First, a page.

Improvements in headache frequency and disability may be observed in individuals with migraine without changes in pain avoidance or endurance behavior, according to results published in the Journal of Headache and Pain.

The study included participants with episodic (n=90) or chronic (n=38) migraine who were asked to complete the Avoidance-Endurance Questionnaire behavioral subscales, the Pain Disability Index, the Migraine Disability Assessment Scale, and the Hospital Anxiety and Depression Scale. A total of 69 participants who were followed up at 3 and 6 months were evaluated.

Positive relations between avoidance (particularly social avoidance behavior) and pain-related disability were established at baseline, as assessed by the Pain Disability Index (Wald χ2 [1]=32.301; P <.001) and the Migraine Disability Assessment Scale (Wald χ2 [1] =14.387; P <.001) questionnaires.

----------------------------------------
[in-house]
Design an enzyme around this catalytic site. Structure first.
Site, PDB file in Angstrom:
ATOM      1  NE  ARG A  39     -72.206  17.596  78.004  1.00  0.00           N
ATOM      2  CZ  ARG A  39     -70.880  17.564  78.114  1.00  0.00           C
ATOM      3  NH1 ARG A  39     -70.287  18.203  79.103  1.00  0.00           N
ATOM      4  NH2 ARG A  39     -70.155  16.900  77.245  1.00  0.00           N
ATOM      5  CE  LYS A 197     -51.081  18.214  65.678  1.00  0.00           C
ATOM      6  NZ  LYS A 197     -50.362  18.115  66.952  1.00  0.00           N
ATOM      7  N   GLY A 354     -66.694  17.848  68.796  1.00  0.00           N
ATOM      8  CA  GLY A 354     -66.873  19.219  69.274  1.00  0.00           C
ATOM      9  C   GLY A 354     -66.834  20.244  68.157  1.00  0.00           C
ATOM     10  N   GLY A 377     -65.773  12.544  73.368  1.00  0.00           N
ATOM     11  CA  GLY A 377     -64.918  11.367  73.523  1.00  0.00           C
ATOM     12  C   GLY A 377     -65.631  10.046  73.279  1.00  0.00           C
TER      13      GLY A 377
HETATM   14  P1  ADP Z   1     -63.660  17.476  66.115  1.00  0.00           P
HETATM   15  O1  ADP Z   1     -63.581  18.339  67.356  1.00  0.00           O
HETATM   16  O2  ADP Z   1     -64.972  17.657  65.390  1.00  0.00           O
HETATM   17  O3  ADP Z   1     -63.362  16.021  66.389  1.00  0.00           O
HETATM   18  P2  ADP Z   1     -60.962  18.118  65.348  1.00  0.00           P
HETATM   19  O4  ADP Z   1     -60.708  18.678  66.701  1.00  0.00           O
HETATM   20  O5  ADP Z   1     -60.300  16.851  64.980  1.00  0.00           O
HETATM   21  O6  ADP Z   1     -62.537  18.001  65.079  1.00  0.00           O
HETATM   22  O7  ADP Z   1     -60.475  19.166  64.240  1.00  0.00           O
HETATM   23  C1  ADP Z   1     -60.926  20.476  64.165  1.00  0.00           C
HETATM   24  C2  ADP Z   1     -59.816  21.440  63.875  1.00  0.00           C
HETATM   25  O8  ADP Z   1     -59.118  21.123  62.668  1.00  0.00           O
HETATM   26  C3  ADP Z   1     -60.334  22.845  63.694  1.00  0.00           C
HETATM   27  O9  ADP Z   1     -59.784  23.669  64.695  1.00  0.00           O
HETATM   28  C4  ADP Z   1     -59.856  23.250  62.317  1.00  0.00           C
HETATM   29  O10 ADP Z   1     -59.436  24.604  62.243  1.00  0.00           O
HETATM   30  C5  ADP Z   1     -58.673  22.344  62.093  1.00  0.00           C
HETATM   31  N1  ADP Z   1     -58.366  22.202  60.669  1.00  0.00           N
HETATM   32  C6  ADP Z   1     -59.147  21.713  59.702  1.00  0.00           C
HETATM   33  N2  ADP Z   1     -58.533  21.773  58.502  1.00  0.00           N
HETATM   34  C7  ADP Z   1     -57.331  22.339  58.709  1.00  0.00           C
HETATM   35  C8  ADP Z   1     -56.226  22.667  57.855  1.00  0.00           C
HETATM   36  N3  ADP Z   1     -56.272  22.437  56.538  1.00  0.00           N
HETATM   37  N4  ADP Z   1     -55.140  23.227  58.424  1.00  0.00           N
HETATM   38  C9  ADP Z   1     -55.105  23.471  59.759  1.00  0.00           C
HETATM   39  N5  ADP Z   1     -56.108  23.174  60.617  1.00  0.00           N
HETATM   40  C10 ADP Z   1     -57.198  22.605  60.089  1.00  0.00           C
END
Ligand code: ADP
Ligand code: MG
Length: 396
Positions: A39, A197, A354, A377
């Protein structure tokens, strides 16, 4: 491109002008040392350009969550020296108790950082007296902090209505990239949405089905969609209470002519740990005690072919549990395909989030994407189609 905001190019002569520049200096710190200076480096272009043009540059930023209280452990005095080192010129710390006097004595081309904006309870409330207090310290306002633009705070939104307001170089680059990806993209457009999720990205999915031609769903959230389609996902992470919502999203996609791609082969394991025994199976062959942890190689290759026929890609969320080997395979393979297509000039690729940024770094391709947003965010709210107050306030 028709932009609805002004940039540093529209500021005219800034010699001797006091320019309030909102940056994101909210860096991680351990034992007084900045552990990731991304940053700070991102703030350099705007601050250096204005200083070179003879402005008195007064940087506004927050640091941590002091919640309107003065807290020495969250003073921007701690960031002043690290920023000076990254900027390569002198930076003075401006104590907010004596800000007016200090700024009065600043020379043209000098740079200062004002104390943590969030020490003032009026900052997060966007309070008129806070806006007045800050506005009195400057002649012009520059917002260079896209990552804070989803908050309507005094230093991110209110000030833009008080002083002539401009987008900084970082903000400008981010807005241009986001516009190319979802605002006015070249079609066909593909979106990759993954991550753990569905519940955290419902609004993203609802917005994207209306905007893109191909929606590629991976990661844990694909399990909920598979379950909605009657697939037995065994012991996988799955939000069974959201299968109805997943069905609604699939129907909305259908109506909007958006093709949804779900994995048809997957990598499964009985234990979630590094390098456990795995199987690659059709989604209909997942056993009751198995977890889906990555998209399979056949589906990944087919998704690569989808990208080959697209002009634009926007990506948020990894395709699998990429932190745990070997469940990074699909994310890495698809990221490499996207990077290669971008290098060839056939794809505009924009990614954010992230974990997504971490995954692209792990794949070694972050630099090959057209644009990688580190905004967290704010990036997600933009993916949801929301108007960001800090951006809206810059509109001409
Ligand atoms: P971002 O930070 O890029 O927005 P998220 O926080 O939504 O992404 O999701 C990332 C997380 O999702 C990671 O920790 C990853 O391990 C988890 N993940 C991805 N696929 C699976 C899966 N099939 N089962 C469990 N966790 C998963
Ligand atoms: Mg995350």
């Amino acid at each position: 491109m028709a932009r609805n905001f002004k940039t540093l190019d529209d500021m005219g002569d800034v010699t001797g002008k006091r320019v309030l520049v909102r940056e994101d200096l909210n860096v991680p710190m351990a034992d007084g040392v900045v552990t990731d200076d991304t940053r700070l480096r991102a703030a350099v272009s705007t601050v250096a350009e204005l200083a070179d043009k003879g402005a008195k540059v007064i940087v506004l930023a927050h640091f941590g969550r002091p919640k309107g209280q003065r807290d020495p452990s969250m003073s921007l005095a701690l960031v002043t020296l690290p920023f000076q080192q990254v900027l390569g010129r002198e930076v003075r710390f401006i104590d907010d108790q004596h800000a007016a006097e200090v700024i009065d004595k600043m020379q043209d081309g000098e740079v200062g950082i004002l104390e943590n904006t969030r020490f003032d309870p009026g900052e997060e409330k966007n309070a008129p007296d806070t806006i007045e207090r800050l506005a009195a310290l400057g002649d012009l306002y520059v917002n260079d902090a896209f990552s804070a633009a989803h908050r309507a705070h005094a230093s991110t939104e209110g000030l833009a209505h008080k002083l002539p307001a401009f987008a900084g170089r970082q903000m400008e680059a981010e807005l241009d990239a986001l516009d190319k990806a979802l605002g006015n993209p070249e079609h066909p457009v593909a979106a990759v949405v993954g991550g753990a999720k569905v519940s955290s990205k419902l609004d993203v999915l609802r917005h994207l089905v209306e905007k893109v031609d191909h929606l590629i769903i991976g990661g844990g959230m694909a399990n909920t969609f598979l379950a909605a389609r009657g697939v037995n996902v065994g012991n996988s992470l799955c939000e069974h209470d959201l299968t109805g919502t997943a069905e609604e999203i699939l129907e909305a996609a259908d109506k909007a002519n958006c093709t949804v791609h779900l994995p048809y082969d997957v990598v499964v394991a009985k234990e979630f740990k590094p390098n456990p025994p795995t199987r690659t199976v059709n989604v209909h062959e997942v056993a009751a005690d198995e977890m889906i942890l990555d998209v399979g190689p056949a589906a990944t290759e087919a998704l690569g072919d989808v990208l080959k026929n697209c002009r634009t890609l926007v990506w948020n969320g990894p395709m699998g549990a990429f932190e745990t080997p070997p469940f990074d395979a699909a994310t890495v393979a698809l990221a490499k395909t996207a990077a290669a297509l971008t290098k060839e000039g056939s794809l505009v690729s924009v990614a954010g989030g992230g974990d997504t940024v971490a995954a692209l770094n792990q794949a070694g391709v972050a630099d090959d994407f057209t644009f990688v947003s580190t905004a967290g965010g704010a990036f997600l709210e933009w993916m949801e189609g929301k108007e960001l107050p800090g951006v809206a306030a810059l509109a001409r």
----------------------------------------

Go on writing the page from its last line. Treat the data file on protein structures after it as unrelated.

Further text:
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A positive link between social avoidance with the Hospital Anxiety and Depression Scale depression score (Wald χ2 [1]=3.938; P =.047) was also established. In addition, a negative relationship between endurance (especially the humor-distraction subscale) and the Hospital Anxiety and Depression Scale anxiety score (Wald χ2 [1]=6.163; P =.013) was detected. No link was found between avoidance or intensity and intensity or frequency of headache.

At 3 and 6 months after delivery of questionnaires, study participants were re-assessed. Headache frequency, headache intensity, and pain-related disability were all found to be improved (P <.01 for all). Avoidance and endurance were comparable with baseline levels.

“Because of the significant relation of avoidance behaviour with headache-related disability, investigating if interventions that specifically target avoidance behaviour further improve the management of migraine would be worthwhile,” noted the investigators.

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Ruscheweyh R, Pereira D, Hasenbring MI, Straube A. Pain-related avoidance and endurance behaviour in migraine: an observational study. J Headache Pain. 2019;20:9.